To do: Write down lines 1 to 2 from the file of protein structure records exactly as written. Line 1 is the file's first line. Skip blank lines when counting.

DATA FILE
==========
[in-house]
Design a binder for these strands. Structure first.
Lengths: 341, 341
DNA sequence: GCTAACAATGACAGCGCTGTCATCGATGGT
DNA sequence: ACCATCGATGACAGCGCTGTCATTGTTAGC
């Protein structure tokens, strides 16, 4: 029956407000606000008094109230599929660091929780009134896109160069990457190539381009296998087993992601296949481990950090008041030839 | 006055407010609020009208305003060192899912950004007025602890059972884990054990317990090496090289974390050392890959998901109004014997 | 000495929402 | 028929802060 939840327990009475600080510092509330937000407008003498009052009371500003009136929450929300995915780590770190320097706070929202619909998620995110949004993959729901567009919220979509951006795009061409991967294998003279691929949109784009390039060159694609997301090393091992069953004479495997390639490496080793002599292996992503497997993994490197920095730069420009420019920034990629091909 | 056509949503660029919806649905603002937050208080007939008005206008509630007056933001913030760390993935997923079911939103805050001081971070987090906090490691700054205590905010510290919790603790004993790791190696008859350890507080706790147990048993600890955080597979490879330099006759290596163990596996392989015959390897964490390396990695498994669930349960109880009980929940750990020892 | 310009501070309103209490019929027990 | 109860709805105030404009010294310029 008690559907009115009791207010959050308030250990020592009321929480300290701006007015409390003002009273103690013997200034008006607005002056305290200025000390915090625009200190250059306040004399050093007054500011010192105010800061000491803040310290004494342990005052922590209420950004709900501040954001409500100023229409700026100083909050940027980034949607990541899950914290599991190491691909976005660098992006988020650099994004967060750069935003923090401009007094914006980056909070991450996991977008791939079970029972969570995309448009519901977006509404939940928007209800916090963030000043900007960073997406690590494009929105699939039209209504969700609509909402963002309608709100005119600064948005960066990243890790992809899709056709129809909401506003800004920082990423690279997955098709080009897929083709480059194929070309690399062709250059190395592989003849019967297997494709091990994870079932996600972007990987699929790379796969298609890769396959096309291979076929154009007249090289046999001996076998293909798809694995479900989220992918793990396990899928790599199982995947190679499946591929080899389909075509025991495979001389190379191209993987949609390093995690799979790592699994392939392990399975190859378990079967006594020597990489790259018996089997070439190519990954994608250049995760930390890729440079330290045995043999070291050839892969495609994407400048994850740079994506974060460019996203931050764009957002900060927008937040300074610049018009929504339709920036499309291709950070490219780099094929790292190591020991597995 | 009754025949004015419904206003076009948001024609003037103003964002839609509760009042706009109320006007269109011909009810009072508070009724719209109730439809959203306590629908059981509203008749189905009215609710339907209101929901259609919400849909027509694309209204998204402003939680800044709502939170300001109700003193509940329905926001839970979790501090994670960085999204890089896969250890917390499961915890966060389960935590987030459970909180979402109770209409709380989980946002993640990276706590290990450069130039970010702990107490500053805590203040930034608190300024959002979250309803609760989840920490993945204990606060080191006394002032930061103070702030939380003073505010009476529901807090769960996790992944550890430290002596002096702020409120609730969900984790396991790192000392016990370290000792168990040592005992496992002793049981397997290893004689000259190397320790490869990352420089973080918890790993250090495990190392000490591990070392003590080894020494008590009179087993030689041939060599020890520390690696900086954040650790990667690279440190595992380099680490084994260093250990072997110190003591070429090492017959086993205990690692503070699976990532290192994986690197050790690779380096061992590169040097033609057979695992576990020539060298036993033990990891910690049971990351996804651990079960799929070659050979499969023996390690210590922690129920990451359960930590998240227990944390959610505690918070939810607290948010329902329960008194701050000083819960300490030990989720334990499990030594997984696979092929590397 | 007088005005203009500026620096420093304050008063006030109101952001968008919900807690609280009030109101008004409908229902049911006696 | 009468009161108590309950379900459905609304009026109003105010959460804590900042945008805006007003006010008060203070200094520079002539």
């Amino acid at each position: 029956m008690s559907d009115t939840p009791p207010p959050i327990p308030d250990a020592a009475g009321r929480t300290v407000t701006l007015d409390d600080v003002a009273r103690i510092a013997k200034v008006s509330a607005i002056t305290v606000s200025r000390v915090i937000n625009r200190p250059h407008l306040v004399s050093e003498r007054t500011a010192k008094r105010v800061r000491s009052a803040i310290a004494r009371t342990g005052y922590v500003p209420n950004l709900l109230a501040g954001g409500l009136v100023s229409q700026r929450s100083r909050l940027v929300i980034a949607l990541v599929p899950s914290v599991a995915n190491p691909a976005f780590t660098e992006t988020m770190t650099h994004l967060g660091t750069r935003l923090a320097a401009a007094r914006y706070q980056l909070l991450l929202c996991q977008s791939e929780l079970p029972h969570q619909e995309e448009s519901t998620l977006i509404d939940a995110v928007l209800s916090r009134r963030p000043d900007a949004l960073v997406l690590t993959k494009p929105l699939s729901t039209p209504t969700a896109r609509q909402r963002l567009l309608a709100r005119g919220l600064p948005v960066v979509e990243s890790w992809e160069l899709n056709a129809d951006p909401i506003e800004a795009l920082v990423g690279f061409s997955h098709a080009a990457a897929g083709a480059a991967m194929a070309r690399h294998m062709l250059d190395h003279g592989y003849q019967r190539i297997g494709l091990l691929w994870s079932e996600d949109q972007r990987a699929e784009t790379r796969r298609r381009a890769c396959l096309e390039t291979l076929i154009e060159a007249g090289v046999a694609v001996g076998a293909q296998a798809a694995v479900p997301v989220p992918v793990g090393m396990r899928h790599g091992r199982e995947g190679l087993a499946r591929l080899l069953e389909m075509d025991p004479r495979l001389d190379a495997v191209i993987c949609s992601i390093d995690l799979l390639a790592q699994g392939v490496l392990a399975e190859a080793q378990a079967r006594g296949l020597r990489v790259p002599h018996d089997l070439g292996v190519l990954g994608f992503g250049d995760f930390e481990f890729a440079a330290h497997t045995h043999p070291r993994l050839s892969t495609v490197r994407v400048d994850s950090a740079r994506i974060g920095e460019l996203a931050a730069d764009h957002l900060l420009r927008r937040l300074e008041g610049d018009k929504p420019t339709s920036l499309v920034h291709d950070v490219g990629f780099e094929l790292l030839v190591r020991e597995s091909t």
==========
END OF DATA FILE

[in-house]
Design a binder for these strands. Structure first.